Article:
When I was little, around three or four years old, I went through a phase where I watched The Wizard of Oz everyday. I adored everything about that film. I wanted to grow up to be that brave, stubborn girl who loves animals, with a group of devoted friends making sure she was always safe whilst embarking on her next wonderful adventure in a foreign land.
Hell, I still want to be her now. But as an adult, I know that there is no Oz to escape to, no good witch looking over you and foreign lands are often closed and unwelcoming. And I know too well that tornadoes can destroy the very foundations of everything you know, leaving you with nothing.
I was blindsided by one of these natural disasters about a week before the end of the Fringe. A personal, silent storm ripped my life apart when my nearly-eight-year-old relationship crumbled within a burst of exhausted, late-night text messages. But I still had work to do in that colourful, foreign land of leaflets, drag queens and the unrelenting heartbeat of watch/write. watch/write. watch/write.
So I refused to emotionally acknowledge this tragedy. I tucked it in some corner of my brain to confront later, when I inevitably would have to return to the one-bedroom flat we share. The shows kept coming, and the writing piled up, and I smiled at friends. We made small talk about the shows we’ve seen, the weather and how tired we were.
One show did manage to break through the mask of normalcy I presented to the fringe, though. I had missed it last year and since then tentatively made friends with the show’s producer, so I promised to see it. I wanted to, but knowing I was hovering on a knife edge of totally falling apart, I was aware that this show could shatter my facade of, ‘I’m, fine, thanks. Just tired.’ Or, I could rediscover the inner Dorothy that I’d largely neglected for all these years.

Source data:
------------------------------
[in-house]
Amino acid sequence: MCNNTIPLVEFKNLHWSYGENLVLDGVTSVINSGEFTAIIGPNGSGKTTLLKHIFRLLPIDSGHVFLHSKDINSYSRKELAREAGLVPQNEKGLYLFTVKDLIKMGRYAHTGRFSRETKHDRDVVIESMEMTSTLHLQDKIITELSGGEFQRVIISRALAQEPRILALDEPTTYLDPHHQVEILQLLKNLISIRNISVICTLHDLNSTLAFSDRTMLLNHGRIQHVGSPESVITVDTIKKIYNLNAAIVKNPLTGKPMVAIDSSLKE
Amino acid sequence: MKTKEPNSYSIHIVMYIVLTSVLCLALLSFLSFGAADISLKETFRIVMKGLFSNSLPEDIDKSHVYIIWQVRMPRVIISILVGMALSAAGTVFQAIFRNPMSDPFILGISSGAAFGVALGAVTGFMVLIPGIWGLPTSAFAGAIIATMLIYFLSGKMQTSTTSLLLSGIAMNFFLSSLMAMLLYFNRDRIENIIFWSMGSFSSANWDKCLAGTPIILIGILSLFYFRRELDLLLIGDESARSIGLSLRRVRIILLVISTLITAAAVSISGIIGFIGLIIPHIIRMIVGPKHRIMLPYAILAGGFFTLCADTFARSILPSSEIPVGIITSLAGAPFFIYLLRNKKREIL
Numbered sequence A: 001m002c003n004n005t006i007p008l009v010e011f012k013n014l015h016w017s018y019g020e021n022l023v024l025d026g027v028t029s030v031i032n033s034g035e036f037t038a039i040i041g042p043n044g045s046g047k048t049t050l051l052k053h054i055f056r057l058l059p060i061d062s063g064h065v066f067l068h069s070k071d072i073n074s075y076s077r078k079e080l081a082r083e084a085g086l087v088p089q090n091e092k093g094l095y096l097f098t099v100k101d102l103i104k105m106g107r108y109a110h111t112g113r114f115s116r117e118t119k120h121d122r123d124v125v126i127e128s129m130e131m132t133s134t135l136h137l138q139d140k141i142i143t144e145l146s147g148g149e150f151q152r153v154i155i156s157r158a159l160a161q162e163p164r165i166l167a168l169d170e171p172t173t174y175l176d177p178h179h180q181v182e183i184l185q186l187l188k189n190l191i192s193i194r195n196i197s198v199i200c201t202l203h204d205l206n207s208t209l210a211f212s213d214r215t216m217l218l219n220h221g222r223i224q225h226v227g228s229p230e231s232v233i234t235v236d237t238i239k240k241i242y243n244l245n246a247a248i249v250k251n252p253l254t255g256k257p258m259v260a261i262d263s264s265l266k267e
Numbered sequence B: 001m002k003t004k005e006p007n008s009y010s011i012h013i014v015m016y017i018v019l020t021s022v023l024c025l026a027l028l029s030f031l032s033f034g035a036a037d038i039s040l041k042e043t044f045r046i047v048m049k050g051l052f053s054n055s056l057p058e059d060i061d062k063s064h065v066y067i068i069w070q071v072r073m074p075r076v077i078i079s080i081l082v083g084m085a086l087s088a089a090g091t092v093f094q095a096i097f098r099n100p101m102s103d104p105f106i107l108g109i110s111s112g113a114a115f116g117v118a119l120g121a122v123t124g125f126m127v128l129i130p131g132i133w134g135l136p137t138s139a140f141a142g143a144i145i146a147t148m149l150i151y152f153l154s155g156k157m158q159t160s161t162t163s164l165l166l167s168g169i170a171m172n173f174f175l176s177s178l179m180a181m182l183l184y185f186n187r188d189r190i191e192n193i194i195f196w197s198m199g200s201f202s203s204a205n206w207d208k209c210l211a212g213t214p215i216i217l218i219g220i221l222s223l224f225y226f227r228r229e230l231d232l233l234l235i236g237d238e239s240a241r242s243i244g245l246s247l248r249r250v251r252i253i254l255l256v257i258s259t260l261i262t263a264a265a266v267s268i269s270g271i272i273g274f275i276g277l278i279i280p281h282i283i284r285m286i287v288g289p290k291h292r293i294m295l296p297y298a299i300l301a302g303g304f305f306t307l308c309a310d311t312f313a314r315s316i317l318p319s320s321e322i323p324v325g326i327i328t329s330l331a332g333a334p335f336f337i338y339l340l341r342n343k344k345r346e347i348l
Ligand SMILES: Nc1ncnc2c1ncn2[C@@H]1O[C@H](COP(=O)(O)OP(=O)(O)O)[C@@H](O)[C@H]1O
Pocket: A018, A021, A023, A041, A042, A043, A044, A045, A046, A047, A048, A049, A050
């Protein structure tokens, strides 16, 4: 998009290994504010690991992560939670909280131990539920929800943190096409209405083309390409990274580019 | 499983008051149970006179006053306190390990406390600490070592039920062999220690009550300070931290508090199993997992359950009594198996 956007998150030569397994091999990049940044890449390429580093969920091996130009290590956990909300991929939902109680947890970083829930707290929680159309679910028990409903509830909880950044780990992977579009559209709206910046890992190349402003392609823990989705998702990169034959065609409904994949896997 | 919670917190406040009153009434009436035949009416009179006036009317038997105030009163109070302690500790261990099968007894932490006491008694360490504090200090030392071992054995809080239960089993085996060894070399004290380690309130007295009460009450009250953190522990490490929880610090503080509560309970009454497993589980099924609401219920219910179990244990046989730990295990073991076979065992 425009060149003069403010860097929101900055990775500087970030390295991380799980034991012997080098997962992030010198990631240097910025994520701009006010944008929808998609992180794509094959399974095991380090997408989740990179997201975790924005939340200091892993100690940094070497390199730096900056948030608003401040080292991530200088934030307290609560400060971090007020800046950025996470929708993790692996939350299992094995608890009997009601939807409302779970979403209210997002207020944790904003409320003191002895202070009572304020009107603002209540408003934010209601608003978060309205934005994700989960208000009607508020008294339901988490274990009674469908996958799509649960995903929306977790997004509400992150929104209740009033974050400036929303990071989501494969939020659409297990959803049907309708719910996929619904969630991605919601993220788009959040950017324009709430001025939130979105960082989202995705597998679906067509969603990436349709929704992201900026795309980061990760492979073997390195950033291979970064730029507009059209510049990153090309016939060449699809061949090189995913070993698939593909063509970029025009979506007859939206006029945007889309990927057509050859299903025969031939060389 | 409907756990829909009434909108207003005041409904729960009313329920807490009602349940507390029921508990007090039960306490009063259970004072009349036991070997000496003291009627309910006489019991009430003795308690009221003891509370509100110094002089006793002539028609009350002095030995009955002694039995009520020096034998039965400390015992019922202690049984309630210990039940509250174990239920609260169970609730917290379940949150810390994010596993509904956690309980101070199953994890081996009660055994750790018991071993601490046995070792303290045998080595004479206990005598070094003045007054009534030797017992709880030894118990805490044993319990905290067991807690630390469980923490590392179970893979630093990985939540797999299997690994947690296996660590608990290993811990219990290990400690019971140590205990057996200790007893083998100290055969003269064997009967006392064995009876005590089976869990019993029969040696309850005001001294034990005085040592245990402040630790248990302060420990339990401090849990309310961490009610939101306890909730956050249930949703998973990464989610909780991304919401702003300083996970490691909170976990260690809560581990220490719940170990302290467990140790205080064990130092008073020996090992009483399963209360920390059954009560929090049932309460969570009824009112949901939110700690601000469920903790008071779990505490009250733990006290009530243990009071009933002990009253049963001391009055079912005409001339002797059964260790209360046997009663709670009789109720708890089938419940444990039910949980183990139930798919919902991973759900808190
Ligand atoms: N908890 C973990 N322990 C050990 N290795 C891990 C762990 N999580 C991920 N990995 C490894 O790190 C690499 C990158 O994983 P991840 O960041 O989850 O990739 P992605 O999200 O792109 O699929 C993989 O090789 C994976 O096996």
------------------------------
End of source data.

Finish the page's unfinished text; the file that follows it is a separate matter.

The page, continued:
FK Alexander’s (I Could Go on Singing) Over the Rainbow follows a simple structure. Accompanied by noise band Okishima Island Tourist Association, Alexander ritualistically prepares to perform in full view, then walks to an X on the floor where an audience member stands. She takes their hand, and sings to the last recording of Judy Garland singing ‘Somewhere Over the Rainbow’, made a few months before her death. The song finishes with a kiss on the cheek, and Alexander resets. The next person takes their place on the X.
This repeats for as long as the performance is allocated. Most run for an hour, but a few are durational. Audience members can come and go as they please, and earplugs are provided – the electronic noise music combined with strobe lights and intense colours is an overwhelming sensory experience, and breaks are needed.
Watching other audience members take their place on the gaffa taped X and their reactions to Alexander’s singing to them is engaging in and of itself. Each person transitions from audience member to improvisational performer; some laugh, others cry, still more perch on other points of the emotional spectrum. It’s in these moments my present tragedy emerges from its hiding place. I weep for my life that was and that which will cease to be.
I don’t know how I’ll react when I finally take my turn with Alexander. I’m scared to find out. But rather than cry, I find a new pal. Her song reassures me that things will get better, and her ferocious confidence inspires hope. This is a song of fighting, not mourning. We might not find our Oz, but we’d better not give up looking for it.
(I Could Go on Singing) Over the Rainbow runs through 27 August.
The Play’s the Thing UK is committed to covering fringe and progressive theatre in London and beyond. It is run entirely voluntarily and needs regular support to ensure its survival. For more information and to help The Play’s the Thing UK provide coverage of the theatre that needs reviews the most, visit its patreon.